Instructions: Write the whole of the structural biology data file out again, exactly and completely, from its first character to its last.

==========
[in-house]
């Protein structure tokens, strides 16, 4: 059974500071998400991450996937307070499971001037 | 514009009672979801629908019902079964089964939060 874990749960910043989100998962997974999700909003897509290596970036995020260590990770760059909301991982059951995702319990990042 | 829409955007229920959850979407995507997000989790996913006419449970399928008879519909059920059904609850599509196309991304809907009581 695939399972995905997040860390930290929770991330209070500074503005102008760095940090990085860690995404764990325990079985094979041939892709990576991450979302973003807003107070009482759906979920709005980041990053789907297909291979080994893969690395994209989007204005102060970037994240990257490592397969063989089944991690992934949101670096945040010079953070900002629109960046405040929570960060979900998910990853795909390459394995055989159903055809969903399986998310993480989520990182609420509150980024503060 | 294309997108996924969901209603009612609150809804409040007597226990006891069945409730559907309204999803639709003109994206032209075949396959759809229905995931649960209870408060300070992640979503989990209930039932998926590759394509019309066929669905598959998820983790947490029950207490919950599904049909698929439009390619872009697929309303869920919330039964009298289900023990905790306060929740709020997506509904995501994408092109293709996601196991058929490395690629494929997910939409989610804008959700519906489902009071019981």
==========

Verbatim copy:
[in-house]
């Protein structure tokens, strides 16, 4: 059974500071998400991450996937307070499971001037 | 514009009672979801629908019902079964089964939060 874990749960910043989100998962997974999700909003897509290596970036995020260590990770760059909301991982059951995702319990990042 | 829409955007229920959850979407995507997000989790996913006419449970399928008879519909059920059904609850599509196309991304809907009581 695939399972995905997040860390930290929770991330209070500074503005102008760095940090990085860690995404764990325990079985094979041939892709990576991450979302973003807003107070009482759906979920709005980041990053789907297909291979080994893969690395994209989007204005102060970037994240990257490592397969063989089944991690992934949101670096945040010079953070900002629109960046405040929570960060979900998910990853795909390459394995055989159903055809969903399986998310993480989520990182609420509150980024503060 | 294309997108996924969901209603009612609150809804409040007597226990006891069945409730559907309204999803639709003109994206032209075949396959759809229905995931649960209870408060300070992640979503989990209930039932998926590759394509019309066929669905598959998820983790947490029950207490919950599904049909698929439009390619872009697929309303869920919330039964009298289900023990905790306060929740709020997506509904995501994408092109293709996601196991058929490395690629494929997910939409989610804008959700519906489902009071019981």